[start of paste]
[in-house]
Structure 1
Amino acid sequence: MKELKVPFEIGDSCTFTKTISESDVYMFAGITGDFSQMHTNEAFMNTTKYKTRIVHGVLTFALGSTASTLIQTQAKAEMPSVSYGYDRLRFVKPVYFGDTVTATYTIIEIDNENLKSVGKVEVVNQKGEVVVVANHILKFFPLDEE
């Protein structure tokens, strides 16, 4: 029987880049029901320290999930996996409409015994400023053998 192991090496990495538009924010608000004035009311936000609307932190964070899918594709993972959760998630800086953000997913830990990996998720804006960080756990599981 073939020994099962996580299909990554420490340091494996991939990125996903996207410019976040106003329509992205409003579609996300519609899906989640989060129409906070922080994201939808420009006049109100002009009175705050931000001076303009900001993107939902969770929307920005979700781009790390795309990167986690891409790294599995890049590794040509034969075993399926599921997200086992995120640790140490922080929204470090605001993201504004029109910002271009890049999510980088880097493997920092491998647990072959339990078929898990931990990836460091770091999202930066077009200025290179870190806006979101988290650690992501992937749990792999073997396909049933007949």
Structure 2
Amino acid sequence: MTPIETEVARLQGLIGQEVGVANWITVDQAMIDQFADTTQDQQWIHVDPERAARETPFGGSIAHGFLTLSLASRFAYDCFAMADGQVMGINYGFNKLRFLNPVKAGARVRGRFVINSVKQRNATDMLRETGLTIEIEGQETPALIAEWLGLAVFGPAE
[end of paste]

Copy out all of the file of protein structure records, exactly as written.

[in-house]
Structure 1
Amino acid sequence: MKELKVPFEIGDSCTFTKTISESDVYMFAGITGDFSQMHTNEAFMNTTKYKTRIVHGVLTFALGSTASTLIQTQAKAEMPSVSYGYDRLRFVKPVYFGDTVTATYTIIEIDNENLKSVGKVEVVNQKGEVVVVANHILKFFPLDEE
């Protein structure tokens, strides 16, 4: 029987880049029901320290999930996996409409015994400023053998 192991090496990495538009924010608000004035009311936000609307932190964070899918594709993972959760998630800086953000997913830990990996998720804006960080756990599981 073939020994099962996580299909990554420490340091494996991939990125996903996207410019976040106003329509992205409003579609996300519609899906989640989060129409906070922080994201939808420009006049109100002009009175705050931000001076303009900001993107939902969770929307920005979700781009790390795309990167986690891409790294599995890049590794040509034969075993399926599921997200086992995120640790140490922080929204470090605001993201504004029109910002271009890049999510980088880097493997920092491998647990072959339990078929898990931990990836460091770091999202930066077009200025290179870190806006979101988290650690992501992937749990792999073997396909049933007949």
Structure 2
Amino acid sequence: MTPIETEVARLQGLIGQEVGVANWITVDQAMIDQFADTTQDQQWIHVDPERAARETPFGGSIAHGFLTLSLASRFAYDCFAMADGQVMGINYGFNKLRFLNPVKAGARVRGRFVINSVKQRNATDMLRETGLTIEIEGQETPALIAEWLGLAVFGPAE